15. PDA software with its desktop counterpart. For example, Palm devices like the Treo come with Palm Desktop. Makes sync ultra-easy. But you might give up some features you want in your task manager in exchange for ease of synchronization.
16. Desktop to do list app for your PC or Mac. To Do X for Mac allows you to print in many different ways–great if you like to enter and manage tasks online, but print and carry lists with you. There are, of course, lots of shareware options for Windows and Mac including To-do List 2.2.1 for Windows.
17. Or create your own desktop app. If you're at all familiar with Microsoft Access or another desktop database management program, it'd be easy to create a table of tasks with whatever attributes you want: due date, category, project, and so forth.
18. Outliner software, web or desktop-based. Good if you are managing multiple projects but don't want the overhead or extra complexity of a project management app with Gantt and PERT charts. Buy a Mac, and you'll get OmniOutliner. If you're an RSS geek, you might like to use Dave Winer's OPML Editor. On Windows, you might try NoteMap. Want to combine your outliner with a mobile PDA? Try the Carson method, one geek's method that uses OmniOutliner with the Hipster PDA.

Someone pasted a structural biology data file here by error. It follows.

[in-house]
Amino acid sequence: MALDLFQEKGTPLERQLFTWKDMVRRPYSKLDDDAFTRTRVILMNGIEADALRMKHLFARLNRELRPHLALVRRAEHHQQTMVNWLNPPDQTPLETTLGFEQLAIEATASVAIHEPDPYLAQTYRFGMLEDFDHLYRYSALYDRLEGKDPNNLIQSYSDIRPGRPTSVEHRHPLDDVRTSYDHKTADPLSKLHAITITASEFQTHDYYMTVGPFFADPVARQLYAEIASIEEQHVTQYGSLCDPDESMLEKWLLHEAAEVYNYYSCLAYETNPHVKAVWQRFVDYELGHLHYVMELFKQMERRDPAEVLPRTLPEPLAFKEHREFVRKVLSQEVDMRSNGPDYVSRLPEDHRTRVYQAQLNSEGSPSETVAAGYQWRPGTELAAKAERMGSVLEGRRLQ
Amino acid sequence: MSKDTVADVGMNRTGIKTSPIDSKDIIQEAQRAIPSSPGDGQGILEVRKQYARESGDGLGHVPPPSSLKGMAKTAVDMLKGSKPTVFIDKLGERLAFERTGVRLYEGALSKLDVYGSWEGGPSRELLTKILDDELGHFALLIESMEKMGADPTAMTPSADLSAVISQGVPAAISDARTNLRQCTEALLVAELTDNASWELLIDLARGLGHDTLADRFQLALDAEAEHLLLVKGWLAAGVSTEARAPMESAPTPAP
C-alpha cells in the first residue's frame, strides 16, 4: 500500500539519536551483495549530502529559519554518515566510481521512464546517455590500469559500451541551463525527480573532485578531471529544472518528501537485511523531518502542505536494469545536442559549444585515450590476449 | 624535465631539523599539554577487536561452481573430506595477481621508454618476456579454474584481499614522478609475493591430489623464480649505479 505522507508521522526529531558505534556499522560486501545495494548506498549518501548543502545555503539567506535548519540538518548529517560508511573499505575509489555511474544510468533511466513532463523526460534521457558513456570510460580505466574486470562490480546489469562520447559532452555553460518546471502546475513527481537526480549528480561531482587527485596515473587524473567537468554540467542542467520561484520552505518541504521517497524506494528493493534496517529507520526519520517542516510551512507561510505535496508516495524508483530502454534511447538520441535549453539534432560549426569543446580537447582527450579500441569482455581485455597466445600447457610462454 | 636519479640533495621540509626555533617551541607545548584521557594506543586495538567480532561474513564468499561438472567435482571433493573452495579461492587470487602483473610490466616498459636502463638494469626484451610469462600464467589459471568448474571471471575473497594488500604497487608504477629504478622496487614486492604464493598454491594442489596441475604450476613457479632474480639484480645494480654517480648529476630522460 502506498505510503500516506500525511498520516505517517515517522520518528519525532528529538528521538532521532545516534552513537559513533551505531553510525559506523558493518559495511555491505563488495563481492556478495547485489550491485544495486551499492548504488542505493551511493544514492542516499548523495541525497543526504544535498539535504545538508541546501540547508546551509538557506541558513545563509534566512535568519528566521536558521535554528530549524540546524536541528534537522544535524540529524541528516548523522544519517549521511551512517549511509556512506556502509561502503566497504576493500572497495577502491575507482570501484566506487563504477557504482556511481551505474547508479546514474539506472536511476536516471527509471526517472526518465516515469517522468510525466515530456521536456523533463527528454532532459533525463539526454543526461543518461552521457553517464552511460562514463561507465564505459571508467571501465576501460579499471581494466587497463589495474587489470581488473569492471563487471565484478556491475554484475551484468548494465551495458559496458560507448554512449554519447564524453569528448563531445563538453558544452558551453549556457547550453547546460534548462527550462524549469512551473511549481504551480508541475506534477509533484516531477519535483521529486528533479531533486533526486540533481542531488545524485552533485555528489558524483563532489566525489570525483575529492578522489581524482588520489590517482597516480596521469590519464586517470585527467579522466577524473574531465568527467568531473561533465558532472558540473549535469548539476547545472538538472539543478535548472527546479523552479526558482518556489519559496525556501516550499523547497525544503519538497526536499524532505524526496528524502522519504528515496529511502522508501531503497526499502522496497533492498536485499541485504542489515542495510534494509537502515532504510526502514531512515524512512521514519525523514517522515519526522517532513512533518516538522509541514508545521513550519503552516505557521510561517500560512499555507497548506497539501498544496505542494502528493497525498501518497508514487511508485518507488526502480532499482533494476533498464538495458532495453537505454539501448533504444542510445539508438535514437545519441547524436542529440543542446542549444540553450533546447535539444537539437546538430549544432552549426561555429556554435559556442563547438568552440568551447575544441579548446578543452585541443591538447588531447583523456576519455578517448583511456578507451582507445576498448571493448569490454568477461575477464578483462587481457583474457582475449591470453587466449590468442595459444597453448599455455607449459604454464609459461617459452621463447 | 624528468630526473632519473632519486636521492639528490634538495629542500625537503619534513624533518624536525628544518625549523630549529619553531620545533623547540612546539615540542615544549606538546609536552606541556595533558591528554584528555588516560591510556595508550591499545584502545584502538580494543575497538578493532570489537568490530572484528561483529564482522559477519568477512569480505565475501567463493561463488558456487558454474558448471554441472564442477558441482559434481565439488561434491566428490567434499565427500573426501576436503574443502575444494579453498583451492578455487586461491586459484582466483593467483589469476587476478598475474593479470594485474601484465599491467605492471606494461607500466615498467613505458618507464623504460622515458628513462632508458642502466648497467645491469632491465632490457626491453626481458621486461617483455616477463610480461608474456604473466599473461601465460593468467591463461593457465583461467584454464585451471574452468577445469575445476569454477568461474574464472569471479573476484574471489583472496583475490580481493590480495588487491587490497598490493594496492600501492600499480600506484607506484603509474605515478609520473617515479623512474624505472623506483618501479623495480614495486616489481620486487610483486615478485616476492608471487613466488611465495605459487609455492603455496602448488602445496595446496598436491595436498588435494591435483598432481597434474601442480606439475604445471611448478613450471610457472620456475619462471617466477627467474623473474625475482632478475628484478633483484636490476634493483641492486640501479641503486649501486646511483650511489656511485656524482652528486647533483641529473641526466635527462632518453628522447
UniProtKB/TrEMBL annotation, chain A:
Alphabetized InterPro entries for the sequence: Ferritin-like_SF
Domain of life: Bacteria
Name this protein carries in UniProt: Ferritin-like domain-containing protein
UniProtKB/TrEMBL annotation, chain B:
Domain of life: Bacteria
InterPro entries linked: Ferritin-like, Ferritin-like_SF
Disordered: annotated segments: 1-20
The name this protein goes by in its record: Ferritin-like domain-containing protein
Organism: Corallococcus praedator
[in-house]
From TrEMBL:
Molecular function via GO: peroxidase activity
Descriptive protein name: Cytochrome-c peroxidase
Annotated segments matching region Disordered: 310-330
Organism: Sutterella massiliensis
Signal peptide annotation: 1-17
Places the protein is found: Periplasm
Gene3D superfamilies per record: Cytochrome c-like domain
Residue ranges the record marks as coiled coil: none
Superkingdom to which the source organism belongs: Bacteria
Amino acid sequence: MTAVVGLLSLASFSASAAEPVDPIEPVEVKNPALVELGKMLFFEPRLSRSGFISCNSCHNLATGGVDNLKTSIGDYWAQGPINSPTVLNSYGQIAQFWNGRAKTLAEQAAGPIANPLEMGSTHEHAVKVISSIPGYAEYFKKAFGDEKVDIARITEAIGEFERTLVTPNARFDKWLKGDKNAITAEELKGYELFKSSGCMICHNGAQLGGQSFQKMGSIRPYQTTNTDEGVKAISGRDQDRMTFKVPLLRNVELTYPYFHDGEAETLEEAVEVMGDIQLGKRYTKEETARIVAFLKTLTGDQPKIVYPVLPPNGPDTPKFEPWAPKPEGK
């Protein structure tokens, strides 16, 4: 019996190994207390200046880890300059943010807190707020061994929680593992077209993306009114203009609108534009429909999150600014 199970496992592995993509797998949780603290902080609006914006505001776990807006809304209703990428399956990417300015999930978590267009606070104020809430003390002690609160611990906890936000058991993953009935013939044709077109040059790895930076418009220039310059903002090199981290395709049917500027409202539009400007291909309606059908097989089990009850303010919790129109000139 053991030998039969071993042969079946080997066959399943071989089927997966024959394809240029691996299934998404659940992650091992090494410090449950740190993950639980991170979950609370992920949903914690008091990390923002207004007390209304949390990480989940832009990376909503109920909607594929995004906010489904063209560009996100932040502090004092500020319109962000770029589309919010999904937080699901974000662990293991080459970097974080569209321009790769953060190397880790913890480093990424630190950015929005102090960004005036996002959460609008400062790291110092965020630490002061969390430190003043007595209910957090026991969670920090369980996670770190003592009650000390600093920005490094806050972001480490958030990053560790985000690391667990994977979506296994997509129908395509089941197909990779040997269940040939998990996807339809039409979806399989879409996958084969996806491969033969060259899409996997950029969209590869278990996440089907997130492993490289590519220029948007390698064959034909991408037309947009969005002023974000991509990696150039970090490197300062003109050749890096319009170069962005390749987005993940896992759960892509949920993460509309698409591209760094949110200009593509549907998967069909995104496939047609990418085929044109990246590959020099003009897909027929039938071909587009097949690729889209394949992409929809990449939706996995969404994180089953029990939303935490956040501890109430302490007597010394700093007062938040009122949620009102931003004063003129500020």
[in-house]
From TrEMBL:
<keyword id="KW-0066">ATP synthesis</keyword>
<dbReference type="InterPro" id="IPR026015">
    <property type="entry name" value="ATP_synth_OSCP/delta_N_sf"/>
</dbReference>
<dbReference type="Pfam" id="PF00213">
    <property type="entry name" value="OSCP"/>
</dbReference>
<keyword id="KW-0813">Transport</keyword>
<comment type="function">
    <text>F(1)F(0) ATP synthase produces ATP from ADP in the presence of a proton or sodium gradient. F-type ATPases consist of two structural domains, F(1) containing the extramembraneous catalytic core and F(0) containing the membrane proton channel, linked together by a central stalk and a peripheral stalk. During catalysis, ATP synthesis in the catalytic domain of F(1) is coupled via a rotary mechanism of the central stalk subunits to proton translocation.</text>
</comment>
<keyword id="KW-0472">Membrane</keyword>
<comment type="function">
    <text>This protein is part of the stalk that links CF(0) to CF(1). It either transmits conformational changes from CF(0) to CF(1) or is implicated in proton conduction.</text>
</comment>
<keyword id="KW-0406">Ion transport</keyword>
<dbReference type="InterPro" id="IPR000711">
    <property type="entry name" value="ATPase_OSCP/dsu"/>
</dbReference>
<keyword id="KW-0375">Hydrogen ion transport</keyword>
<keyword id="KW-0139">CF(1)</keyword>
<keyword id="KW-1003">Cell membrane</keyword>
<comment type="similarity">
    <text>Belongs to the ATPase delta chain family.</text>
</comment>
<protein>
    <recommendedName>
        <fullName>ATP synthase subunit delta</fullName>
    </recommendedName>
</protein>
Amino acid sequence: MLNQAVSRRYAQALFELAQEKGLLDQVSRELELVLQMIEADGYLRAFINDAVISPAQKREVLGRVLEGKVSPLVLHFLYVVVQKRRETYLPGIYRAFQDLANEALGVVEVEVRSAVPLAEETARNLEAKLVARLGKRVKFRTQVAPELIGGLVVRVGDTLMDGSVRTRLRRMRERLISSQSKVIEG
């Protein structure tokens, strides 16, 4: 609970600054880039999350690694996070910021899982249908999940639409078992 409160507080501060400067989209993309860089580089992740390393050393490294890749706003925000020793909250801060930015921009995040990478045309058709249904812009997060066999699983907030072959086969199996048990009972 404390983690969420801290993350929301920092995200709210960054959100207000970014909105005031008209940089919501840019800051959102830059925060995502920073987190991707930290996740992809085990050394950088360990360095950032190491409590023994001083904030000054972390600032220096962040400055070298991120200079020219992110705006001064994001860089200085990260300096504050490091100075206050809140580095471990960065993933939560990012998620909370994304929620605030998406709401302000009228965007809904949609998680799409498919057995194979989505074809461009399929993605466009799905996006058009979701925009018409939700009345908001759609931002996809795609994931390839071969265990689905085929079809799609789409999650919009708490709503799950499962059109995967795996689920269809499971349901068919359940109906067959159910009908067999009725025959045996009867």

19. Online wiki. Free wiki services like PBwiki and Wikispaces make it easy to create, edit, and share web pages. Some wiki platforms support interaction beyond simple creation and editing of pages. Have you heard of Monkey GTD, a "GTD inspired task manager" that uses TiddlyWiki plus plugins to implement getting things done? Here's Monkey GTD in action.
20. A piece of paper with a pen. Easiest and cheapest. I use looseleaf paper, one page per "context" (at computer, at home, errands, to call) and staple them together. It's completely mobile, just fold and go, and I love scribbling out items when I complete them.